With the 1st quarter statistics announced for 2022, we're interested to see how the insolvency figures have changed since the end of 2021 and since this time the previous year. We'll explore the various factors that can influence national Insolvency rates. We'll also reflect upon what these latest stats could mean for the nation's financial forecast and the future of the insolvency industry two years on from the start of the covid-19 pandemic.
What the Stats Say
Numbers don't lie and in our world of PR spin and fake news, we're happy to rely on our own analysis of the statistics at hand and leave the speculation to others. So here are the simple truths of quarter 1, 2022 and the numbers of individual and corporate insolvencies in the UK.
According to R3, there were 4,896 underlying corporate insolvencies and 32,305 personal insolvencies reported in the first 3 months of 2022. For those employed in the insolvency and restructuring sectors, these figures might mean something to you all on their own, but some may benefit from a little context around them.
Let's start with the world of business. we've said that 4,896 is the number of corporations becoming insolvent in quarter 1, but how does that compare to other quarters? R3 suggests that this number is "an increase of 6.1% from Q4 2021’s figure of 4,615, but a rise of 112% on Q1 2021’s figure (2,309)". While that is a slight rise from the end of the previous year, it is a staggering increase from the same time last year. Implying that the last whole year has presented a huge rise in the rates of businesses going under and struggling to pay their debts.
While this might not be the focus of many insolvency practitioners, we still think it's good to keep up to date on how the individual insolvency rate is tracking as an indicator of how hard things are for people, not just conglomerate organisations. People make up all businesses after all. So, what is the picture like for individual insolvencies?
R3 reports that "there were 32,305 personal insolvencies in Q1 2022 – an increase of 16.8% from Q4 2021’s figure of 27,668, and an increase of 14.2% on Q1 2021’s figure of 28,298." From these statistics, we can see that the financial difficulty experienced by many companies has not bypassed individuals, but also that recent events and shifts in economic activity have primarily impacted companies and organisations more than individuals, as we see in the number of individual insolvencies.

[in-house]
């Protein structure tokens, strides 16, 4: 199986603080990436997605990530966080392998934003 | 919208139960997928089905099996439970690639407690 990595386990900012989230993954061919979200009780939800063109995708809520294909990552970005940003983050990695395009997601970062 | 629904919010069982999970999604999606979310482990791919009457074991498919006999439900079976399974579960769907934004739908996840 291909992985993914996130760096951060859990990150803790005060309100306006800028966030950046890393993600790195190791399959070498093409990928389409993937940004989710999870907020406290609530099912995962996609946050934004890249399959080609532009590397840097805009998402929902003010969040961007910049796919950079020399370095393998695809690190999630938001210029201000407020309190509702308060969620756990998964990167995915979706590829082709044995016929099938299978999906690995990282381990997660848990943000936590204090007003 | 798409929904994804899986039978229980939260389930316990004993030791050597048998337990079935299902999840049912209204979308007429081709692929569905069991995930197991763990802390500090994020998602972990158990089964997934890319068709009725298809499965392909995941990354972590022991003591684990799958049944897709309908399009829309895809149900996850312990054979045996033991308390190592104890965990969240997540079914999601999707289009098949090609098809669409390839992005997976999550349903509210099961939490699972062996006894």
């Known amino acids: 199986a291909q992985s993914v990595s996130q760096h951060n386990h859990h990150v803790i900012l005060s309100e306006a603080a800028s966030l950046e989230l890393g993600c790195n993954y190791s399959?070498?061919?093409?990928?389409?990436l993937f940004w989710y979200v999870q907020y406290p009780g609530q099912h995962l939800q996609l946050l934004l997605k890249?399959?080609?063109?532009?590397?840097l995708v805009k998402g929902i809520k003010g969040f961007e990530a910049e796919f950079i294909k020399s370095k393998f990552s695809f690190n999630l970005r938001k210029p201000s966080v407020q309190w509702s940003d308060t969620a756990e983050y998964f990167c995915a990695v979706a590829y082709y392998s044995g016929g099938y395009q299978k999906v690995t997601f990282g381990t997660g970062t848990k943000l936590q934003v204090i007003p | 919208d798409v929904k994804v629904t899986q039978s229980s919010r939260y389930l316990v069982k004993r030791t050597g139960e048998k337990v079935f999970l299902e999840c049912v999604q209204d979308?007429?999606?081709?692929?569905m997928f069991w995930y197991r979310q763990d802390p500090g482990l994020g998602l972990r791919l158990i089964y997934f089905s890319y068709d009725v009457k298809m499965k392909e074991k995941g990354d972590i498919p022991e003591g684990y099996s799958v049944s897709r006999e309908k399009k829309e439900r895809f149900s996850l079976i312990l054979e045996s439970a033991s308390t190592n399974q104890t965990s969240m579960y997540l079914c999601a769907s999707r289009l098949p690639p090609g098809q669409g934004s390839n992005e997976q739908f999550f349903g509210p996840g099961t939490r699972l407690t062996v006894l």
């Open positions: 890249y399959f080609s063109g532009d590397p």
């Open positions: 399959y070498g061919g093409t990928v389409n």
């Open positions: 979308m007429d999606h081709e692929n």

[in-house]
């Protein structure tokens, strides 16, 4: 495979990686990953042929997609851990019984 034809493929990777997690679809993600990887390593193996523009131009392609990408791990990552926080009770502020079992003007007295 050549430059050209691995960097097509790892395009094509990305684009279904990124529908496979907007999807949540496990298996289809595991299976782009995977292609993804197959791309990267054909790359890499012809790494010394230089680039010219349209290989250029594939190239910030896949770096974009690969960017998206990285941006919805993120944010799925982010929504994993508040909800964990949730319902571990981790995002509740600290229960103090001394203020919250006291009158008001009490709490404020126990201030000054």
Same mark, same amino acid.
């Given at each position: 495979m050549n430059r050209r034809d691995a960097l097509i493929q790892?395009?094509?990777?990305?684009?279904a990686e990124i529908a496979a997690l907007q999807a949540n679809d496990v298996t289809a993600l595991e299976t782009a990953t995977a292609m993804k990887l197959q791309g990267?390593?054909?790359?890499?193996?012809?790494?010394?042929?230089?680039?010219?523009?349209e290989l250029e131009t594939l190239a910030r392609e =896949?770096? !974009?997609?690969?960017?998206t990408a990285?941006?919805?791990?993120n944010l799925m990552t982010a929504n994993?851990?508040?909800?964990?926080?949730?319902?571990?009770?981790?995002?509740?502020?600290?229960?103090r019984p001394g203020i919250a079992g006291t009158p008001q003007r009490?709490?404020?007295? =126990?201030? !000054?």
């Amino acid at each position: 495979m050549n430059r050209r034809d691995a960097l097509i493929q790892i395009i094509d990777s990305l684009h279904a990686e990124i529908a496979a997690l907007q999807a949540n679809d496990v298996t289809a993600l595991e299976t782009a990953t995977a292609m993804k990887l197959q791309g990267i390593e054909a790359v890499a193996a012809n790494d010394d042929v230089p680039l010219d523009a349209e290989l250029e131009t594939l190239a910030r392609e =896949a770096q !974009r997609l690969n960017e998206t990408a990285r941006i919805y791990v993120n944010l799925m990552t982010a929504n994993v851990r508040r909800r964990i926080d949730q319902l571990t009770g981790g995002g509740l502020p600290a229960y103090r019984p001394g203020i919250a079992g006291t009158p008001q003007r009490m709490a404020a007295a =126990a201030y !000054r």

Since the beginning of last year so many businesses have been forced to close their doors for good or sell up and admit defeat, but why now?
Why Are There More Insolvencies Now?
After the initial shock of the coronavirus pandemic disrupted the financial market and pushed a wave of companies off the hypothetical cliff, we now have all sectors back open, more or less at full operation again, so why are so many corporations going under suddenly? Well, there are a couple of factors that seem to us to be major influencers in the financial difficulty many individuals and organisations are facing right now and resulting in an increased demand for those providing an insolvency service.
-Post Pandemic Pressure
Christina Fitzgerald for R3 says “this [Q1 2022] has been the busiest quarter for corporate insolvencies since 2012 as firms who have struggled with the economic consequences of the pandemic are now having to deal with the sharp rise in inflation"
Yes, many businesses were put under extreme strain in 2020 and 2021 during the various levels of lockdowns and restrictions and sadly many never saw the light of day again. The hospitality and leisure industries were especially put upon and while these limitations on their trading are no longer in effect and haven't been for some time, companies are clearly finding the post-pandemic economy an inhospitable place to be.